This morning I was pondering what impact Massive Open Online Courses (MOOC) would have on the overall landscape of education. Most people involved in education that I speak to haven’t even heard of them. Many people (myself included) drop out of them before they really get started. So the question we have to wonder is: do they really matter if they aren’t going to be the next big thing in education?
Many educators certainly seem to have an obsession for searching for “the next Google” or the next “Facebook for education” or the next big thing to change the face of education. Some think that MOOCs will be that next big thing, others think they are going nowhere.
The problem is not the with MOOC, but with the question. We don’t need one specific thing to the be THE end-all big thing for education. We have suffered too long in systems that want to have one cookie-cutter answer for everything. Want to teach an online course? Into the LMS box you. Want to blog? The LMS box has that for you, too.
I am starting to talk to more and more students that never read the syllabus of their online course. They feel the courses are becoming too similar and predictable – so why bother re-reading a cookie-cutter syllabus? If students are getting so used to online courses that they are going on cruise mode to take them, then it is time to shake things up a bit.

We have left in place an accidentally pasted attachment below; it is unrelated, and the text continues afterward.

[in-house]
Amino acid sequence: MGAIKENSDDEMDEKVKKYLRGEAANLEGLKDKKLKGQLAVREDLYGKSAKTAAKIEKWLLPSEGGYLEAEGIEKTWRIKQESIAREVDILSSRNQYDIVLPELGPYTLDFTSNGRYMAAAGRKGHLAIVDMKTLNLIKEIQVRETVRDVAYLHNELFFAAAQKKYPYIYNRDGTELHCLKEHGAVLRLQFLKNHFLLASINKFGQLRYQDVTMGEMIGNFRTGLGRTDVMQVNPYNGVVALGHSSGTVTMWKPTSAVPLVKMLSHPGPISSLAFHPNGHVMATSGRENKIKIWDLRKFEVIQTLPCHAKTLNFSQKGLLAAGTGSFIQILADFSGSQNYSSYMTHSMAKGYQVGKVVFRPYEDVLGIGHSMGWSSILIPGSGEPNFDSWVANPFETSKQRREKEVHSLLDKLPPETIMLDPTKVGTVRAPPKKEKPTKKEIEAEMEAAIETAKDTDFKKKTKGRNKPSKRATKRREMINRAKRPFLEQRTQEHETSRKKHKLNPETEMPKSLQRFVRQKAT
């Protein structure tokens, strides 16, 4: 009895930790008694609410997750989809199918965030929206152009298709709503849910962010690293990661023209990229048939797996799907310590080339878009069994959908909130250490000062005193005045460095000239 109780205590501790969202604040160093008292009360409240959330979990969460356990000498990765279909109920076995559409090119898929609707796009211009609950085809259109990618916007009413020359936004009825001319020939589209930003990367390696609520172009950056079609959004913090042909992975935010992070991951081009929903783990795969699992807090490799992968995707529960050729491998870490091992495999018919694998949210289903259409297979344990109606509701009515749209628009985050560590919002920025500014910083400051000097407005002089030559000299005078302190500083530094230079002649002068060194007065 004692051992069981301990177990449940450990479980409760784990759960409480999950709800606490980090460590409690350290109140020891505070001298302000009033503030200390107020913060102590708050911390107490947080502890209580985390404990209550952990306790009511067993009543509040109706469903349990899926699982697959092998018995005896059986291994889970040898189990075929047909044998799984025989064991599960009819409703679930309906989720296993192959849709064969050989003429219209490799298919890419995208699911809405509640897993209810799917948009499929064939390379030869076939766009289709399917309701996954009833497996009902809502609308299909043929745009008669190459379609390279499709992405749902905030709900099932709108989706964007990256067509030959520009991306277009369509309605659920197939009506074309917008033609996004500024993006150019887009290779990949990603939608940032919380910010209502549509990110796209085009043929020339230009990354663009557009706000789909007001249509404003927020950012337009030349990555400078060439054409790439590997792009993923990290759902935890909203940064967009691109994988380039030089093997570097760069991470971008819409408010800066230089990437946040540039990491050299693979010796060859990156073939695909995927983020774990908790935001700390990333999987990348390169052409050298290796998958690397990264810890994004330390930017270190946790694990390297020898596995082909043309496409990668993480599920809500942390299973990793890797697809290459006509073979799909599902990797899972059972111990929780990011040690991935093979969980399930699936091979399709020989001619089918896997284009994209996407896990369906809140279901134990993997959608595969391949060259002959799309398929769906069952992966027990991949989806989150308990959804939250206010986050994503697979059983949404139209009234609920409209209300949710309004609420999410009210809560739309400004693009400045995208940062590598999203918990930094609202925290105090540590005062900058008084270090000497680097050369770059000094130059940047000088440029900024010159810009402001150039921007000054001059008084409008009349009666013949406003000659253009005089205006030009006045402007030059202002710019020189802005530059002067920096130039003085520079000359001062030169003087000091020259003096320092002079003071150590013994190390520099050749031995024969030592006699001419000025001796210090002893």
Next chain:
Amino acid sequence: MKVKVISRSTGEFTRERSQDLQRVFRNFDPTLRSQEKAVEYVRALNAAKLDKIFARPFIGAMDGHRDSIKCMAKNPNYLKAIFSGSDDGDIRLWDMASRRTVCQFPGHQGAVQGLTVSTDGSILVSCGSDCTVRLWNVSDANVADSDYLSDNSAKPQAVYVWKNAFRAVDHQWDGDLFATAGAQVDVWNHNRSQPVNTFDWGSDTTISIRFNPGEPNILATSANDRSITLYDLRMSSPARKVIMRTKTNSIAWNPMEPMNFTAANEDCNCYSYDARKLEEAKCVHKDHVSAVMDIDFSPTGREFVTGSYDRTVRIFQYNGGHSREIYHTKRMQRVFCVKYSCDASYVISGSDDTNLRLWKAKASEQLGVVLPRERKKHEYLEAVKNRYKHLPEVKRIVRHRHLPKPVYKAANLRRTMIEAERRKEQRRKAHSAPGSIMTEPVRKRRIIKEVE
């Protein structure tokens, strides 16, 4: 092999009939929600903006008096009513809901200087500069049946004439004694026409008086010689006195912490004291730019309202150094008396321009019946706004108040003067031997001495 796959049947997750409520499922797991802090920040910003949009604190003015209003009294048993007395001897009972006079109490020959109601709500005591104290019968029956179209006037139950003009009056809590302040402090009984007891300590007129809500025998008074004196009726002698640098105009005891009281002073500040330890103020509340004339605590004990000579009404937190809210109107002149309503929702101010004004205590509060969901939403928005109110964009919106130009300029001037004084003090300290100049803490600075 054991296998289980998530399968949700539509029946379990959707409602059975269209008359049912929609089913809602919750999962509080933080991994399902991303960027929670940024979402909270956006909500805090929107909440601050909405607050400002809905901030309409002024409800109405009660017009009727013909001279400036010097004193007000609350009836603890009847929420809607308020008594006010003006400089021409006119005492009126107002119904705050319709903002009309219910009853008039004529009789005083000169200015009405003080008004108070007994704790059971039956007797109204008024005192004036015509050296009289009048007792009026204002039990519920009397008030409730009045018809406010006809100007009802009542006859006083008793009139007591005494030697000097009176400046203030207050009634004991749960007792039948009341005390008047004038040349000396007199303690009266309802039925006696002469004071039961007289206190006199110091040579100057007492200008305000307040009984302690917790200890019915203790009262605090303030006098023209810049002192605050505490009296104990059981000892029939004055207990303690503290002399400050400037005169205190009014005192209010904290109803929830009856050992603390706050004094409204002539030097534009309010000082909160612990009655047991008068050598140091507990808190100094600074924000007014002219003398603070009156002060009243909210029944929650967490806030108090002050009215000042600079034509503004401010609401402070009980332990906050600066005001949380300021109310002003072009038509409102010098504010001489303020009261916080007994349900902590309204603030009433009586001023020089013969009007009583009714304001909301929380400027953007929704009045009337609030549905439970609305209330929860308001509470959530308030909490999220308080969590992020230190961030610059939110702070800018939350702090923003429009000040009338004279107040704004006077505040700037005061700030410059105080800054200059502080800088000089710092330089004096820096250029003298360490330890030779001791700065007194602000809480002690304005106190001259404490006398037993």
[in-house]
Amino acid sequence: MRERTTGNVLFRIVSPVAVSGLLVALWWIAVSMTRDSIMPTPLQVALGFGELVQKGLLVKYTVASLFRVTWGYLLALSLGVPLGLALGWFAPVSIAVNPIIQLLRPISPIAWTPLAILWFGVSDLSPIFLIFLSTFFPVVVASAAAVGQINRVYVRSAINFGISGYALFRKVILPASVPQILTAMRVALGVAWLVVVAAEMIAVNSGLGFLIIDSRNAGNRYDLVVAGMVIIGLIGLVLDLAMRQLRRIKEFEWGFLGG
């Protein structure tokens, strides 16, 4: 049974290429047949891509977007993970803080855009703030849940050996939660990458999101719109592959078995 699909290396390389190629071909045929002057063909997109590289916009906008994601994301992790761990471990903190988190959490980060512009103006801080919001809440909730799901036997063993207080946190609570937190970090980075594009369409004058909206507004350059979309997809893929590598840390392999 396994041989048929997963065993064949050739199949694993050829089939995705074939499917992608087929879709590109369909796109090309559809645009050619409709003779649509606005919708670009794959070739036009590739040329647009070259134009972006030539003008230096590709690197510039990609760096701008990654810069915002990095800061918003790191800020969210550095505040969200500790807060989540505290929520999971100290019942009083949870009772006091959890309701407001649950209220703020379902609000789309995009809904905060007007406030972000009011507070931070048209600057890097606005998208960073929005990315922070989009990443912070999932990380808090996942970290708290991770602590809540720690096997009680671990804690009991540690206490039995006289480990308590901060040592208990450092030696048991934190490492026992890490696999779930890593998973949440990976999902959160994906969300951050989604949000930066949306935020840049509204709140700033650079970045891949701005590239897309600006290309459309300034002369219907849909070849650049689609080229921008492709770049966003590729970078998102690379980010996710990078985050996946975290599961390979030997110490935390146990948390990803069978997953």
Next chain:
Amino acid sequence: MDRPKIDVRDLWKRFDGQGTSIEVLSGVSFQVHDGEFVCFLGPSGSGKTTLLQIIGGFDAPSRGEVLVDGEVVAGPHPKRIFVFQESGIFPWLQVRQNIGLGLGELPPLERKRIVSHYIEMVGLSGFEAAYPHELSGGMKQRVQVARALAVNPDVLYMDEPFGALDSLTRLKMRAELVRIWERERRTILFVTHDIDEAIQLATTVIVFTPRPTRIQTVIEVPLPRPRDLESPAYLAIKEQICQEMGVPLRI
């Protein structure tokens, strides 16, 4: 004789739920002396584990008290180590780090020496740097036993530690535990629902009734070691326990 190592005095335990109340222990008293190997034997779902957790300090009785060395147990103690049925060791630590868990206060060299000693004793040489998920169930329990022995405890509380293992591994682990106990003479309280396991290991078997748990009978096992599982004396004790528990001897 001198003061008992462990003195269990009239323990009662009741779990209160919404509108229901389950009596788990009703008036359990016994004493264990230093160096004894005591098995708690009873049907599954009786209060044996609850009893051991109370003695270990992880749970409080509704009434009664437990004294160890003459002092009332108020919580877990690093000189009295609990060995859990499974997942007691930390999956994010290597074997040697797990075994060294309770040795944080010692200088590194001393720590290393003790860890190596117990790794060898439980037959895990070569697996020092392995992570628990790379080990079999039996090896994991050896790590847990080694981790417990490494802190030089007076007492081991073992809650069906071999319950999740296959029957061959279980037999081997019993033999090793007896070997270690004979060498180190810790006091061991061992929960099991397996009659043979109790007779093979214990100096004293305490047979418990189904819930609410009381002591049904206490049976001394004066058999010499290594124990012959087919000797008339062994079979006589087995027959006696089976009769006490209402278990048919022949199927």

For most of us, the importance of the MOOC format is not the idea itself, but the fact that it represents a different way of teaching a course or idea or skill. We don’t need it to become the next big thing – we need it to become one of many new formats that online courses can be taught in.
And we need many other formats out there to spring up and gain traction. We need to offer a greater variety of formats and options, just like you see in face-to-face courses. Do you teach Science labs with the lecture method? Do you sit Art students down in the self guided labs and hope they figure out how to create art? Face-to-face courses have different formats (even though some do need to break out of the one or two they are stuck in), so online courses need to follow suit…. maybe even blaze new trails.
So even if you can’t stand MOOCs, you should at least follow their development and support their existence, or else it will be back to the cookie cutter for us all.
Matt is currently an Instructional Designer II at Orbis Education and a Part-Time Instructor at the University of Texas Rio Grande Valley. Previously he worked as a Learning Innovation Researcher with the UT Arlington LINK Research Lab. His work focuses on learning theory, Heutagogy, and learner agency. Matt holds a Ph.D. in Learning Technologies from the University of North Texas, a Master of Education in Educational Technology from UT Brownsville, and a Bachelors of Science in Education from Baylor University. His research interests include instructional design, learning pathways, sociocultural theory, heutagogy, virtual reality, and open networked learning. He has a background in instructional design and teaching at both the secondary and university levels and has been an active blogger and conference presenter. He also enjoys networking and collaborative efforts involving faculty, students, administration, and anyone involved in the education process.